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Dec 28, 2004 12:16 AM

Need Help--trying to stove-top smoke fish and having problems

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I am having a dinner party on Thursday and planned on smoking trout on my stove-top smoker, but I went to buy fresh trout and the butcher said trout season is in March. I bought tilapia instead, but it did not turn out well. It was hard to tell if it was the wood chips I used or the marinade (equal parts salt, sugar, soy sauce and water).

My questions:

1-should I buy frozen trout and smoke it?

2-are there other fish in season that would be suitable? (I live in Nor Cal)

3-Is it just a bad idea to smoke tilapia?

4-I used alder wood, should I try cherry wood?

Thanks so much,

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    Professor Salt

    Trout season applies for those you catch yourself. I doubt your butcher's word. Almost all of the trout on the US market is farmed raised, so it's one of the most consistently available fresh fish. Frozen trout sounds like an iffy proposition to me.

    Without knowing the context of your trout (appetizer? main?), I'll suggest smoked mussels or oysters as an alternative.

    Salmon fillet also comes out nicely in a stovetop smoker, and that's available year round. I add 1-2 tablespoons of wood dust & smoke over low heat for 10 minutes. That's not enough to cook the fish all the way, just flavors it. I then finish the salmon fillet on a hot grill or pan.

    Alderwood's great. No worries there.

    You don't mention what you don't like about the tilapia. The flavor of the fish itself? Off tastes that smoking might have imparted? Myself, I dislike tilapia's texture and flavor, but if you like it, then go for it.

    3 Replies
    1. re: Professor Salt

      Hey Prof-

      When you use one of those stove-top smokers, does any of the smoke escape from the device? I am intrigued by the concept but I have the smoke-detector-from-Antarctica (meaning that just thinking about a single smoke molecule will set it off).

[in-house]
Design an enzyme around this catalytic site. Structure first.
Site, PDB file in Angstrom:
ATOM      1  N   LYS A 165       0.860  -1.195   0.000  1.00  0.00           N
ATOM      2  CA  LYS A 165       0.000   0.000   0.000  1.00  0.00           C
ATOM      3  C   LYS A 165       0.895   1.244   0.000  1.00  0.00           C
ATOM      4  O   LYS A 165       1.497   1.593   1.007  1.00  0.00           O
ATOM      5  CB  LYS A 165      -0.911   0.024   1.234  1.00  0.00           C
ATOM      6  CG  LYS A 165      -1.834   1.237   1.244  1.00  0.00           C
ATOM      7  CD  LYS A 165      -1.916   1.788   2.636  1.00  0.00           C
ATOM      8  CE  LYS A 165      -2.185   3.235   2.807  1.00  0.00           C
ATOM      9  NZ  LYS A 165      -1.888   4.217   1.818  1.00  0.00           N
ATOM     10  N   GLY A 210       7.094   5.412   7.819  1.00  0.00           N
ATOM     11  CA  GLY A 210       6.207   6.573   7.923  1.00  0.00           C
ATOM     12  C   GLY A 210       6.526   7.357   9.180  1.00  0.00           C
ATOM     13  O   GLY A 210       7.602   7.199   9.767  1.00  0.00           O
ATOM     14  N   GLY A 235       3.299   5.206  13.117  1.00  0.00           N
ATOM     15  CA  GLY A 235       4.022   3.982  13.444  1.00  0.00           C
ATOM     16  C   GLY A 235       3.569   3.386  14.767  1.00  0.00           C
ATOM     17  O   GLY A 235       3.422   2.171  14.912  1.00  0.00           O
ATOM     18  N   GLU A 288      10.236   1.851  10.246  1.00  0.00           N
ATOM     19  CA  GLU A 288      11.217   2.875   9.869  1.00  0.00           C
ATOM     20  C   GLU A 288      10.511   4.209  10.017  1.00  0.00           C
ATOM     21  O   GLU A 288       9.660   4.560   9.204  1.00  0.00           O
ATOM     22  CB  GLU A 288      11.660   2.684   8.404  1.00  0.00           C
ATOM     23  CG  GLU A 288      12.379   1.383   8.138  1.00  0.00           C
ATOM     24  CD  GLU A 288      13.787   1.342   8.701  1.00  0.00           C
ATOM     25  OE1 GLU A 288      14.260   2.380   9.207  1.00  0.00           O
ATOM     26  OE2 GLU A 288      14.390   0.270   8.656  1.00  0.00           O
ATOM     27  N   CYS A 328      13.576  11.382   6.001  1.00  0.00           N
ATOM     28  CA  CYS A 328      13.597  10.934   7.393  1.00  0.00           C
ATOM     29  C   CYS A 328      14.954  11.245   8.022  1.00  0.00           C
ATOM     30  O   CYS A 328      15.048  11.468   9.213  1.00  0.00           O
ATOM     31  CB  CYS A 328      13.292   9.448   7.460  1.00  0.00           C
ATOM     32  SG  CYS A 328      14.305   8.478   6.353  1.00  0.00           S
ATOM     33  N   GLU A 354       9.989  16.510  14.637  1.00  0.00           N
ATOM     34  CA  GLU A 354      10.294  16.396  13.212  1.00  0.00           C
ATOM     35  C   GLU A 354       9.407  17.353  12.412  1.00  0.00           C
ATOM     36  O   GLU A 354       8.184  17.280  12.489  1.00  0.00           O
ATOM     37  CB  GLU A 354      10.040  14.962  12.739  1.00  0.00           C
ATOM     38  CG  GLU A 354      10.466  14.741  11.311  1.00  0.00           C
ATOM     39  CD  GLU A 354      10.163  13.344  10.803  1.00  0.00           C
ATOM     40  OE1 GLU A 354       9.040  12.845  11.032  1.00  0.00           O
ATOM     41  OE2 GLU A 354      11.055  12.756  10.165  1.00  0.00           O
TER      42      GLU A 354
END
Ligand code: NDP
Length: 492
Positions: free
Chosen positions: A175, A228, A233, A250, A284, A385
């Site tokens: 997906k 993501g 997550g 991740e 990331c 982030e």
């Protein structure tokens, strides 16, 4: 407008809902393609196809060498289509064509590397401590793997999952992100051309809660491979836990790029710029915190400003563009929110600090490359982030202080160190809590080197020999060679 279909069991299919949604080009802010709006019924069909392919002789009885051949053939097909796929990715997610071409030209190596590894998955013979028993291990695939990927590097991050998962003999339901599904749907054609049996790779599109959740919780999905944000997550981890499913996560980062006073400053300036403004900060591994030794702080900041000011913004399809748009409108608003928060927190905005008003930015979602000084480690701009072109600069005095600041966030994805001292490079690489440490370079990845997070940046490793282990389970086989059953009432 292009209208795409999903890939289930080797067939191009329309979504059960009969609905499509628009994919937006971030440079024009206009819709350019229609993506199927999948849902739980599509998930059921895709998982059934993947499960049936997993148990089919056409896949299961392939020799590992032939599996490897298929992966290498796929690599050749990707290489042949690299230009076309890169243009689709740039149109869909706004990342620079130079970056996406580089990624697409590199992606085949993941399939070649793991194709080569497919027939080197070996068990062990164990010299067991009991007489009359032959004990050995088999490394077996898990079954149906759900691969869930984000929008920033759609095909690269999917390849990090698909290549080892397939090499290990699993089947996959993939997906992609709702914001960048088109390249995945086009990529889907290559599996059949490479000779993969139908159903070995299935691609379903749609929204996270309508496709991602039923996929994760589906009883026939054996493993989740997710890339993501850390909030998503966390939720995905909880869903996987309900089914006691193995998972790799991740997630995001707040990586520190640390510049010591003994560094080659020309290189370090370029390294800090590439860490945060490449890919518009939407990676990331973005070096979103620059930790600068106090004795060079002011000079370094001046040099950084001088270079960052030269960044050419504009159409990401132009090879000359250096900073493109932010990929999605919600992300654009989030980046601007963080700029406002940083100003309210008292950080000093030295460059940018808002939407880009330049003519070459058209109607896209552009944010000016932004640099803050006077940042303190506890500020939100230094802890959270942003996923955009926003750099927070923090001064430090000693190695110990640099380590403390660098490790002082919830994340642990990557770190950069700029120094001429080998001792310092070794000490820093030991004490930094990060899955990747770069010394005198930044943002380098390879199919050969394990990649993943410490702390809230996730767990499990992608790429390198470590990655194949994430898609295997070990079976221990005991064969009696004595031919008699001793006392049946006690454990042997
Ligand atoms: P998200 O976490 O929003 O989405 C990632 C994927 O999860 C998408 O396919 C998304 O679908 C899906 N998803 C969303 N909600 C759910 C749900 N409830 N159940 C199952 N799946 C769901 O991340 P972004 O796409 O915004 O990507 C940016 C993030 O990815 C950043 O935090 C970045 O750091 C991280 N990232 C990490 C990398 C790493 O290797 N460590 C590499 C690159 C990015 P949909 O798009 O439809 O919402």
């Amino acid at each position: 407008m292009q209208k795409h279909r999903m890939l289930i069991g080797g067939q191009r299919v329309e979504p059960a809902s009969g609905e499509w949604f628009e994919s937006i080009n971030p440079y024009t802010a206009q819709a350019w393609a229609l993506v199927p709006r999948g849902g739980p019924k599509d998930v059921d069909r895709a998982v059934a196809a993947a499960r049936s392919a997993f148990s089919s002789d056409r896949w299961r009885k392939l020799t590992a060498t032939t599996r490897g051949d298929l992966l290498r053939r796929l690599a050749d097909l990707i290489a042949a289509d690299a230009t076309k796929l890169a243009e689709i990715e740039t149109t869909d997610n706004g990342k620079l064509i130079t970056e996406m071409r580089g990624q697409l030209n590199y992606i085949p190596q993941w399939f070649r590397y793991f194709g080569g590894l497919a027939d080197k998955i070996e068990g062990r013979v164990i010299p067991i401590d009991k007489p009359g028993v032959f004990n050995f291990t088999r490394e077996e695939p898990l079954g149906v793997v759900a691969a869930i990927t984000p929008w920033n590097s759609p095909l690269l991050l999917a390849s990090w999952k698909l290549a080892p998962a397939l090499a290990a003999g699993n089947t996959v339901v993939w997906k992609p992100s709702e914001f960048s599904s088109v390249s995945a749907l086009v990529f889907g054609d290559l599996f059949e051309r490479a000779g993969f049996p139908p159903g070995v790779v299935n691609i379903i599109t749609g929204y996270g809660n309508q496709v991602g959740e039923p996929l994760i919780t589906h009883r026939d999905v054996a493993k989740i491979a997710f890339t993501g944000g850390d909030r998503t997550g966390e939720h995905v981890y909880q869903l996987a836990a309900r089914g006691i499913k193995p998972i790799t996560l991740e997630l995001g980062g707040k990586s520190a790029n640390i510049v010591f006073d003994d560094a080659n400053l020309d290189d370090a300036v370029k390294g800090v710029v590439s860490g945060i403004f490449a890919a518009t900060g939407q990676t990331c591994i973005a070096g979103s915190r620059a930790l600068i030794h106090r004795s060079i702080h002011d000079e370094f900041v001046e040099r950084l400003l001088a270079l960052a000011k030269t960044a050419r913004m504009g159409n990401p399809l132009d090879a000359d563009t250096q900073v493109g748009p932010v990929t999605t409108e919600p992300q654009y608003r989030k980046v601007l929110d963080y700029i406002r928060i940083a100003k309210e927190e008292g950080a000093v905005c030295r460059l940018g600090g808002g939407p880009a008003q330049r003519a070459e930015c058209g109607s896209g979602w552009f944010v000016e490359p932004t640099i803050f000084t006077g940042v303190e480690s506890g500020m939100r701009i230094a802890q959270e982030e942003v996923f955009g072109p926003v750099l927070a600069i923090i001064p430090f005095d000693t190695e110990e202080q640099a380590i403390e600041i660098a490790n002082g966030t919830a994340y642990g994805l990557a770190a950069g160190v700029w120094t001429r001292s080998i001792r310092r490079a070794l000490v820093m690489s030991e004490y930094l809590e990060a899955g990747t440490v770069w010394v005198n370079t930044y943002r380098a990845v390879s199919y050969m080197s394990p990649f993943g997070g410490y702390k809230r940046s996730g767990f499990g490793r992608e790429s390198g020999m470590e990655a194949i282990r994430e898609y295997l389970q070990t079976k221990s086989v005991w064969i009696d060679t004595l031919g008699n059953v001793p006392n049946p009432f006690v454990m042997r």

1. re: Chino Wayne
        Professor Salt

        A very light wisp of white smoke leaks out. In another context, that means a Pope has been selected.

        I use low to medium heat, never high. My vent hood takes care of the leakage pretty well.

      2. re: Professor Salt

        I agree. We get fresh trout all year in the D.C. area, perhaps because it is raised here in Virginia.

        Another suggestion to go with the oysters and mussels is scallops. Use small ones, and you can smoke them with the mussels, as they will be about the same size. If you use large sea scallops, you can slice them in half.

        But the salmon fillets are my favorite. I do smoke it all the way to done, as I generally use this in the winter when we don't want to freeze outside with the grill. (I'm also lazy about dirtying more pans than necessary.)

        It is difficult to diagnose your problem without knowing exactly why you are unsatisfied with the result. Perhaps your marinade is too strong, or you marinated it too long. I typically brine the fish for only an hour or so, and never more than 2 hours. The proportions I use are the standard brining proportions: 2 Tb kosher salt (or 1 Tb table salt) and 2Tb sugar for each cup of water. I put it all in a ziplock and lay the bag flat in the fridge, flipping it over every half hour. The salmon is very good with this mix.

      3. 1-should I buy frozen trout and smoke it? No

        2-are there other fish in season that would be suitable? (I live in Nor Cal) Yes, try salmon filets or find another market. My local market had boneless "steelhead trout" from Idaho before Christmas.

        Wild stream trout season usually opens in late April, lake trout is usually open all year, though some lakes close.

        3-Is it just a bad idea to smoke tilapia? Yes, tilapia is a mild lean fish, you want a flavorful, rich (oily) fish.

        4-I used alder wood, should I try cherry wood? Depends on your tastes, I would stay with alder for "salmonoids".